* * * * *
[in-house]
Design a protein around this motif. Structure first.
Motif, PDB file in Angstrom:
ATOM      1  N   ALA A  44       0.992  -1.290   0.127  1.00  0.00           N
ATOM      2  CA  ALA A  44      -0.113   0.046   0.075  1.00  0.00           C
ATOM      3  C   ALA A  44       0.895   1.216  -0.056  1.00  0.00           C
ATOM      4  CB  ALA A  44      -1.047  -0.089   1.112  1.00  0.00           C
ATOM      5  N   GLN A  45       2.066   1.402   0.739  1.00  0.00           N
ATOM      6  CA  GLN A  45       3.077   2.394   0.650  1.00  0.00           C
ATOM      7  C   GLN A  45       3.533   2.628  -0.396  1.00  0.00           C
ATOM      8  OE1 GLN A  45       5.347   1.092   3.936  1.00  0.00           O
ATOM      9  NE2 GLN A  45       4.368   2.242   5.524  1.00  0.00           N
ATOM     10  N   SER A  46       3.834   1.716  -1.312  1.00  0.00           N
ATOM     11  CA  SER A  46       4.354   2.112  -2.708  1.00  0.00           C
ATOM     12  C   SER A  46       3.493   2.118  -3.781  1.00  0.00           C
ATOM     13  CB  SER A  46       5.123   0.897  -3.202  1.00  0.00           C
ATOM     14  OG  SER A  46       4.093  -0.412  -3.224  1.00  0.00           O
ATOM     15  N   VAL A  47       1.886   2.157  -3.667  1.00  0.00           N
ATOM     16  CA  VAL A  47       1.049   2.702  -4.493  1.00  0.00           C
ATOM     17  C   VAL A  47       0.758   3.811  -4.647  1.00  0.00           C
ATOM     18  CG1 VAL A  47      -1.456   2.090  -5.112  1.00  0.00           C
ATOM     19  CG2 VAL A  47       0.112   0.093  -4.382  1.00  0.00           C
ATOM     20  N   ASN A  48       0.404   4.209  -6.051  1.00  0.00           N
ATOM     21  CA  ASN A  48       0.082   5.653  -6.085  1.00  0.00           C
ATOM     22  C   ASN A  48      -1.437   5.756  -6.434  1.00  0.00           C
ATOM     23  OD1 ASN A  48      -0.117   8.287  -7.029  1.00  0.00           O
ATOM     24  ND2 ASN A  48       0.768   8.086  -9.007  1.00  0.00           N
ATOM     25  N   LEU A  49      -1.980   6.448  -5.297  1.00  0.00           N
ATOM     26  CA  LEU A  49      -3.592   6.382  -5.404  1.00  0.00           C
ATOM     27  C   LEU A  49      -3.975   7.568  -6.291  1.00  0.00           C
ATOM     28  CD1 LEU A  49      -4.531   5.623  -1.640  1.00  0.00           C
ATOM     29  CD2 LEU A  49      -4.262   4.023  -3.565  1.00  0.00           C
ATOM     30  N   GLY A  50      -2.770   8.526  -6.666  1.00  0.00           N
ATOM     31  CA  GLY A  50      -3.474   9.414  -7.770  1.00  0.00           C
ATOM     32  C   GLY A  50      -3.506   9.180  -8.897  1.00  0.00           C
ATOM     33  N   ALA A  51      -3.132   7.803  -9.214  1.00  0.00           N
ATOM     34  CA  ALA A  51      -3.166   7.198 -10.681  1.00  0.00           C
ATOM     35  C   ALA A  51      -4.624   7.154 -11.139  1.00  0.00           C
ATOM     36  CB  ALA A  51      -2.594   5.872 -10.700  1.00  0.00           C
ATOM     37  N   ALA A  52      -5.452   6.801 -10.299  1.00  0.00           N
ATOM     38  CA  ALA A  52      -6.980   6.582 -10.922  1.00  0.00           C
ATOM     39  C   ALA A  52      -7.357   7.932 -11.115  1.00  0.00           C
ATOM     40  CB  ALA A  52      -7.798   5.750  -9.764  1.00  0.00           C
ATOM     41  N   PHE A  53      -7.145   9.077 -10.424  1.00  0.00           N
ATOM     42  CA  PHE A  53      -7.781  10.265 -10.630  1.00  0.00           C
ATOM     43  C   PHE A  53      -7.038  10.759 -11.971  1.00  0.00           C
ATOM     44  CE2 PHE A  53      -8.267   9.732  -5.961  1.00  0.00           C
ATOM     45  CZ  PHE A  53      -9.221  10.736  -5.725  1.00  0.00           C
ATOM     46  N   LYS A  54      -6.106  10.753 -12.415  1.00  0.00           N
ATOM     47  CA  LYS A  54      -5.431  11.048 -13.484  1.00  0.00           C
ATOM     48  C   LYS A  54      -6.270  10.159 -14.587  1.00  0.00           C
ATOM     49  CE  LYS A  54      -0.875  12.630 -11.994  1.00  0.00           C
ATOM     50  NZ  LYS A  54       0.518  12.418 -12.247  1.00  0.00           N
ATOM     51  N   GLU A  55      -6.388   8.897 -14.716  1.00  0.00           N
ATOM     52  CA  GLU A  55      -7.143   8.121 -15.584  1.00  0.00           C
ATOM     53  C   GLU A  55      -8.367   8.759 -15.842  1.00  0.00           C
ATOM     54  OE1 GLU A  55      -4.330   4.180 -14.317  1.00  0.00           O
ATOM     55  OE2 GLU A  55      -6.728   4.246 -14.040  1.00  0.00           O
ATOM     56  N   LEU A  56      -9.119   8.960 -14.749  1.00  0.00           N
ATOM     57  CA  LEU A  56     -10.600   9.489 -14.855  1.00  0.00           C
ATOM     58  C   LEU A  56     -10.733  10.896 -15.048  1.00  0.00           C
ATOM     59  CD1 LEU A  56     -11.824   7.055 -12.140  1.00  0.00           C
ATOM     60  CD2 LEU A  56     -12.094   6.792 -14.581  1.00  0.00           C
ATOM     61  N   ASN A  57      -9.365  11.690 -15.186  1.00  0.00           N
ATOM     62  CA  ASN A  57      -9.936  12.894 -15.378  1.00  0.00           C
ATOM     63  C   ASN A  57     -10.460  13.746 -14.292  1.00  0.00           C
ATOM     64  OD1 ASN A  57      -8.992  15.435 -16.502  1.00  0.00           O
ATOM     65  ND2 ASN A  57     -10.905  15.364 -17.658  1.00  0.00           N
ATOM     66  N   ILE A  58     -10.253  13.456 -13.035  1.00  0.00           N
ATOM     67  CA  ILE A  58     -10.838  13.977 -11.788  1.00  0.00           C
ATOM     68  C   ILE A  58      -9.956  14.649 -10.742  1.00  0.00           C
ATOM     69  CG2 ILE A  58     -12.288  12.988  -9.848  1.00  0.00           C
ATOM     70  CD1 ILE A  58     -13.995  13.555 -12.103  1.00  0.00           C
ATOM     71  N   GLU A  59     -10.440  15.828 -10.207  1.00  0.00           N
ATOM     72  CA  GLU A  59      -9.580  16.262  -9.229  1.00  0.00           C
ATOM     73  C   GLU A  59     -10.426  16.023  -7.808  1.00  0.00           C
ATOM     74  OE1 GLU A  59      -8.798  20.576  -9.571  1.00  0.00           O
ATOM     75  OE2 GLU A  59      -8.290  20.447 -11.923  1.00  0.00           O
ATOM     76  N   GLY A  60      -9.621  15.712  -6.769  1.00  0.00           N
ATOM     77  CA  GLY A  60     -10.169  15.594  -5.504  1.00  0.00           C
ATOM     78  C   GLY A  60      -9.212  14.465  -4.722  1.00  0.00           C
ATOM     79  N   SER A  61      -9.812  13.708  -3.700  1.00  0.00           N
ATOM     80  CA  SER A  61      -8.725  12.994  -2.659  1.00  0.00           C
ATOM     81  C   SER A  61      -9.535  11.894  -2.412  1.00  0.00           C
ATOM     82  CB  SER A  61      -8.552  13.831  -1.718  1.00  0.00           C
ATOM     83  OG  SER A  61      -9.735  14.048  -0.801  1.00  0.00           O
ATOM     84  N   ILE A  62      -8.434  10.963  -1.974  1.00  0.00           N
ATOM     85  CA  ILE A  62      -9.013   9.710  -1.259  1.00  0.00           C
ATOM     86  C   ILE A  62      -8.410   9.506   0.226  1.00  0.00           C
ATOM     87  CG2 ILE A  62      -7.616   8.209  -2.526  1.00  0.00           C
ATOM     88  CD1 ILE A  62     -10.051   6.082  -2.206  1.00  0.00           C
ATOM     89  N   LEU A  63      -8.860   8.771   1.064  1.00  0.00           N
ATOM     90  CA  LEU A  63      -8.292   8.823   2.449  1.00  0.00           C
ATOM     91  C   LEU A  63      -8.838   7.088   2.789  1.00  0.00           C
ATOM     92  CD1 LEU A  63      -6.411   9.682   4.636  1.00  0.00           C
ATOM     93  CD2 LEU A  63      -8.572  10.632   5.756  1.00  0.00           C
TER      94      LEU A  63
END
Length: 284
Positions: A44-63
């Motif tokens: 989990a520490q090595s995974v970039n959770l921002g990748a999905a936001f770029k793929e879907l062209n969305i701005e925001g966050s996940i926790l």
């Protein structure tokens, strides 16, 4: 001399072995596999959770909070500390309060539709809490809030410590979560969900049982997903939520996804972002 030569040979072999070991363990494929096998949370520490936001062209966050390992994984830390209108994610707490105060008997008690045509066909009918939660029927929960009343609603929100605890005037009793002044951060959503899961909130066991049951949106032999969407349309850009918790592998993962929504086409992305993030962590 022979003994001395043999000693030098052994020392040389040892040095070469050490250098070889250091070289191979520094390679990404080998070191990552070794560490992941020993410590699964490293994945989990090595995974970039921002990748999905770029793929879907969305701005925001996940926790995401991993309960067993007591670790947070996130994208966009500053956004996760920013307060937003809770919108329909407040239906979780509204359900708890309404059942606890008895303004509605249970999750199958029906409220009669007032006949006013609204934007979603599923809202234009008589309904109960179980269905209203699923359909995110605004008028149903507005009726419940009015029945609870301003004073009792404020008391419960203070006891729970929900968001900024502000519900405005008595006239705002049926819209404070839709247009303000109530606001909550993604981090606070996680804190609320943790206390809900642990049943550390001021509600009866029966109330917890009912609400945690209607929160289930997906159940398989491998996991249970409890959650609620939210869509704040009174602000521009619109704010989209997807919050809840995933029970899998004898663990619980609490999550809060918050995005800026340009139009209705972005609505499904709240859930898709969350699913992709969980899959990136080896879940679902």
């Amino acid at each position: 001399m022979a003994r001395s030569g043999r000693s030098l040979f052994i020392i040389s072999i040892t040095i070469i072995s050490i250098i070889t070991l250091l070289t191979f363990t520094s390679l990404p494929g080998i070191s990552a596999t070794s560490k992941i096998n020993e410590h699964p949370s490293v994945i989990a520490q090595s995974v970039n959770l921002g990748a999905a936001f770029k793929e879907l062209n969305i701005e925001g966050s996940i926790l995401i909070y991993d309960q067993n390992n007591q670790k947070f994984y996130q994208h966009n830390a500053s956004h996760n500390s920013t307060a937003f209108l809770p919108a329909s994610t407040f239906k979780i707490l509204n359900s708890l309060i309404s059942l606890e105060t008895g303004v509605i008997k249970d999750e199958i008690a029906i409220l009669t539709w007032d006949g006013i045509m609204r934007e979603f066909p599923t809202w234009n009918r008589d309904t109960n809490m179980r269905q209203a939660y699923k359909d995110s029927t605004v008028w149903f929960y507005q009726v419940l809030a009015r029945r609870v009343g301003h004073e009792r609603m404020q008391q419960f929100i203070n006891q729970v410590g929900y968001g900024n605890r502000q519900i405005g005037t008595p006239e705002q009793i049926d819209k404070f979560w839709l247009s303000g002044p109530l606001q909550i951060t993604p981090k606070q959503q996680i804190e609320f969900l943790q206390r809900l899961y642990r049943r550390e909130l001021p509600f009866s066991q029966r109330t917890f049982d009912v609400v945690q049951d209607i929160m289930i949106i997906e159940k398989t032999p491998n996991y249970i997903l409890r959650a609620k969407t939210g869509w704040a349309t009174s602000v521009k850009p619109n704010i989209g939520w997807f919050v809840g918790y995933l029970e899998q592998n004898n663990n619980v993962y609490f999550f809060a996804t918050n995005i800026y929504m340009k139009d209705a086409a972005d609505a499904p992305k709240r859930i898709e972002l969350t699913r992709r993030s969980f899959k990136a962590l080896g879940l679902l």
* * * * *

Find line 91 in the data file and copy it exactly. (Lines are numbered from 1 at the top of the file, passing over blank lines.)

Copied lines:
ATOM     88  CD1 ILE A  62     -10.051   6.082  -2.206  1.00  0.00           C